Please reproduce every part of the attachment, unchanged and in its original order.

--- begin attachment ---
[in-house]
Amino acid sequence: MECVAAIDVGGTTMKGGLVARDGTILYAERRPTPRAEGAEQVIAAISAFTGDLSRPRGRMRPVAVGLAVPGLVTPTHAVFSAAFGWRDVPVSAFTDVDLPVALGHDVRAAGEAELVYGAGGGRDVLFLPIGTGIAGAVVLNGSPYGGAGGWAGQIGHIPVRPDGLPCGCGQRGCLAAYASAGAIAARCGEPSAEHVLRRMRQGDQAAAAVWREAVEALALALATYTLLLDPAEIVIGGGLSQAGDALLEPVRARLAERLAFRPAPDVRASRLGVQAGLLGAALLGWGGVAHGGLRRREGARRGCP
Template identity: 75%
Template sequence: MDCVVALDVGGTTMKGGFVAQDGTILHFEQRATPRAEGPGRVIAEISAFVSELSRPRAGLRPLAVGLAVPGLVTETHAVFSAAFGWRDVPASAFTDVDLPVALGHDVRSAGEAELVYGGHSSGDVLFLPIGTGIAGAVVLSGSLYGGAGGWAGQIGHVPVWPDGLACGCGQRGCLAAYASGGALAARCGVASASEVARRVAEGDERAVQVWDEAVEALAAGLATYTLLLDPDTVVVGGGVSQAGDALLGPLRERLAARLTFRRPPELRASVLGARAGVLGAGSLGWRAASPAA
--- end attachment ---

[in-house]
Amino acid sequence: MECVAAIDVGGTTMKGGLVARDGTILYAERRPTPRAEGAEQVIAAISAFTGDLSRPRGRMRPVAVGLAVPGLVTPTHAVFSAAFGWRDVPVSAFTDVDLPVALGHDVRAAGEAELVYGAGGGRDVLFLPIGTGIAGAVVLNGSPYGGAGGWAGQIGHIPVRPDGLPCGCGQRGCLAAYASAGAIAARCGEPSAEHVLRRMRQGDQAAAAVWREAVEALALALATYTLLLDPAEIVIGGGLSQAGDALLEPVRARLAERLAFRPAPDVRASRLGVQAGLLGAALLGWGGVAHGGLRRREGARRGCP
Template identity: 75%
Template sequence: MDCVVALDVGGTTMKGGFVAQDGTILHFEQRATPRAEGPGRVIAEISAFVSELSRPRAGLRPLAVGLAVPGLVTETHAVFSAAFGWRDVPASAFTDVDLPVALGHDVRSAGEAELVYGGHSSGDVLFLPIGTGIAGAVVLSGSLYGGAGGWAGQIGHVPVWPDGLACGCGQRGCLAAYASGGALAARCGVASASEVARRVAEGDERAVQVWDEAVEALAAGLATYTLLLDPDTVVVGGGVSQAGDALLGPLRERLAARLTFRRPPELRASVLGARAGVLGAGSLGWRAASPAA